1945 Planned Electrical Heating Installs & Upgrades

 1945 Planned Electrical Heating Installs & Upgrades

Contract Ref./Name:              1945 Planned Electrical Heating Installs & Electrical Upgrades

Name of customer:                Epping Forest District Council (EFDC)

Value of contract:                   £100,000 pa

Duration of contract:             5 years

Scope / Overview of Works: Installation of new heating and hot water systems using either natural gas or renewable energy technologies (air source heat pump systems). Works also required the upgrade/rewiring of existing electrical systems to be carried out at the same time as the heating installations so as to minimise disruption to tenants. Systems installed must be energy efficient, meet the tenant’s particular heating and hot water needs; be easy to operate and have the financial benefit of reduced fuel costs.

The replacement of dated LPG and electric night time storage heating systems to 5 no. rural occupied properties.

The five selected properties were rurally located with no access to piped gas and had minimal insulation e.g. no double glazing, no cavity wall or loft insulation.  Tenants were reliant on electricity and fuel deliveries to provide heating and hot water.  Fuel deliveries could be problematical during winter months especially during adverse weather conditions.  Current energy bills were high.

Installation of air source heat pump heating and hot water system. 

Gracelands has well established trading accounts with leading manufacturers of boilers and air source heat pump technologies.  Specifically for this 5 year contract, and in collaboration with the Council, our project team engaged with Mitsubishi and GlowWorm sales and technical teams and negotiated favourable pricing and supply and delivery terms for the duration of the contracted works.  Our project surveyor designed and specified a heating system that, whilst meeting the tenant’s particular demands for heating and hot water, was energy and cost efficient and provided flexibility and ease of use. 

In planning and preparing for the works particular challenges were identified, including:

  1. Convincing the elderly residents of the benefits of changing to a renewable energy heating system.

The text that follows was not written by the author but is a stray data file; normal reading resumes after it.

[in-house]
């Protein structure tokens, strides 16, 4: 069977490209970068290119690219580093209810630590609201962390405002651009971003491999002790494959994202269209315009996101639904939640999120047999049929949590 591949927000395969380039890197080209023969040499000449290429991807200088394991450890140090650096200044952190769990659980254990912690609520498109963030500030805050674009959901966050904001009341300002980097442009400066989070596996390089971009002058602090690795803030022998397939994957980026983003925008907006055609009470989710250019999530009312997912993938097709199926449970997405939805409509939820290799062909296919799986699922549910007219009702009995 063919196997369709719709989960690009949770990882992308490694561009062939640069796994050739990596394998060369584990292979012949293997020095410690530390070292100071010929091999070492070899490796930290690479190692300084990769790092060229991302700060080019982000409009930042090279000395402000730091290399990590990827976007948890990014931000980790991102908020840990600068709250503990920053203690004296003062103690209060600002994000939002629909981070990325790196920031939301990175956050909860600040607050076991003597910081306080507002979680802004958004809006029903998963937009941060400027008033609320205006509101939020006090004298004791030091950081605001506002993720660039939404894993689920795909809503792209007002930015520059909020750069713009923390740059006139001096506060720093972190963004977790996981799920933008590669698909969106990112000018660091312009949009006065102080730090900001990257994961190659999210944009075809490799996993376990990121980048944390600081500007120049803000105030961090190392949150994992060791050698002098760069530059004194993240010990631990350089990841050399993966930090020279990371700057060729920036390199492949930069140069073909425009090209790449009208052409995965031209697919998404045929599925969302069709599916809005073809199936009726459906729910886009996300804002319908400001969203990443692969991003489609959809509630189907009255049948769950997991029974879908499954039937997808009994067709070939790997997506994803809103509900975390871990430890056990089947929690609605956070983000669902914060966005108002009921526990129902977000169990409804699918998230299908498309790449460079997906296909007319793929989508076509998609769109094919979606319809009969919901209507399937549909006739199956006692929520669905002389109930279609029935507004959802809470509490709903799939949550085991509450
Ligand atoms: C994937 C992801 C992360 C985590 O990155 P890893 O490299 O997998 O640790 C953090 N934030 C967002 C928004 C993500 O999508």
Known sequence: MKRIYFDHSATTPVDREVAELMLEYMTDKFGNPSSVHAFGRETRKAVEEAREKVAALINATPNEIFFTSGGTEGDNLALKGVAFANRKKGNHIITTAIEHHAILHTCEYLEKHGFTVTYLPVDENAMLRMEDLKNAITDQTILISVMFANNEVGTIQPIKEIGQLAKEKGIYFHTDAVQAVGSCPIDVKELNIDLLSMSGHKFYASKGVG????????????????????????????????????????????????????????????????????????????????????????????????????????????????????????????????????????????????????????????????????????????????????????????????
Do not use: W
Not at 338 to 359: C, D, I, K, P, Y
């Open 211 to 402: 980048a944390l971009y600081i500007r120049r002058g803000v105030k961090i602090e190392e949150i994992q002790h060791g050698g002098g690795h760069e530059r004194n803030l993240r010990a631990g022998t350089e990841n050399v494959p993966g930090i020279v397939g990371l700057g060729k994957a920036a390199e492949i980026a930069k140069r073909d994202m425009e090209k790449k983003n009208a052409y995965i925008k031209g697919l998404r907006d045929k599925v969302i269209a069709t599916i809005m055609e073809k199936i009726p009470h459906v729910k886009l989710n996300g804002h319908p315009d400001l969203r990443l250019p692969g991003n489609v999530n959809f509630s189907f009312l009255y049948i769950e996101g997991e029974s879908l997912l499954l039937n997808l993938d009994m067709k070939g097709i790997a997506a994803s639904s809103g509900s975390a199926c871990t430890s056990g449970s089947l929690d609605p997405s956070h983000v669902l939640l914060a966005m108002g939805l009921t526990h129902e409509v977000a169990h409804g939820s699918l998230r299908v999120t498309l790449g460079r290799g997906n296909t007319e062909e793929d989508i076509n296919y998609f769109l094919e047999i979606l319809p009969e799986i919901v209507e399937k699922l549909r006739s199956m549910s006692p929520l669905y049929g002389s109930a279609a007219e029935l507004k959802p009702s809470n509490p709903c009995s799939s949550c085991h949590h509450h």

Our project team appreciates that installing a new modern heating system can be a stressful time for some tenants.  Our project surveyor and works supervisor are therefore mindful of the need to keep tenants engaged and fully informed throughout the process – from survey through to handover.  During the system design the tenant is consulted to determine their specific heating and hot water needs so that the system is sized appropriately.  They are also informed of the cost savings associated with the new system and how this will result in reduced fuel bills for them going forward.

The tenant is also provided with a “Customer Information Pack” which has been developed in collaboration with the Council and with our preferred suppliers.  Contents of the pack include the system manufacturer’s informational DVD, Homeowner Manual CD and laminated A5 size “User Guide” explaining use of the system controls.  For tenants less technically competent, a paper-based version of the pack is left with them.  Our project surveyor and works supervisor make themselves available to answer any questions the tenant may have.

Handover of the new heating system to the tenant includes a demonstration of the system controls and an explanation of annual service visits, and contact information for reporting system faults or failures.

  1. Siting of the outdoor unit to guard against noise to neighbouring properties.

In compliance with MCS installation requirements, consideration is given to the appropriate siting of the outdoor unit to minimise operational noise and potential vibration.

  • Consideration of the aesthetics of running surface mounted pipework and electrical trunking.

Given the age of the existing systems (heating and electrical) and original method of installation, new pipework and electrical trunking had to be surface mounted.  Less visible routes were selected where possible following the natural contours of the property.  Where more visible routes were the preferred/only option, design decisions were taken in consultation with the tenant.

  • Joint negotiation of significant supplier volume discounts for selected equipment to be used for the contracted works, with savings passed on directly to the Council.
  • Installation of energy efficient systems resulting in reduced fuel consumption and lower fuel bills for the tenant.
  • Reduced carbon footprint supporting the Council and central Government targets for lower carbon emissions and increased use of renewable energy technologies.
  • MCS certification enabled the Council, as a social landlord, to apply for quarterly RHI grant payments estimated at £4,320 per property over a 7-year period. Over the 5-year programme RHI grant funding is estimated at over £500,000 over a 7-year period.
  • Completed installations were added to the annual gas service and maintenance works programme ensuring access to these rural properties on an annual basis, which may otherwise not have been possible for the Council to achieve with existing heating installations.
  • Rural properties not previously included in the annual works programme now benefit from the proactive annual service and maintenance visit and have 24/7 cover for system breakdowns and emergencies.
  • A scheduled annual visit of a property provides for collaborative working with the Council in respect of reporting:
    • Safeguarding issues; and
    • Noticeable property deterioration e.g. kitchen replacements, bathroom replacements, necessary building works.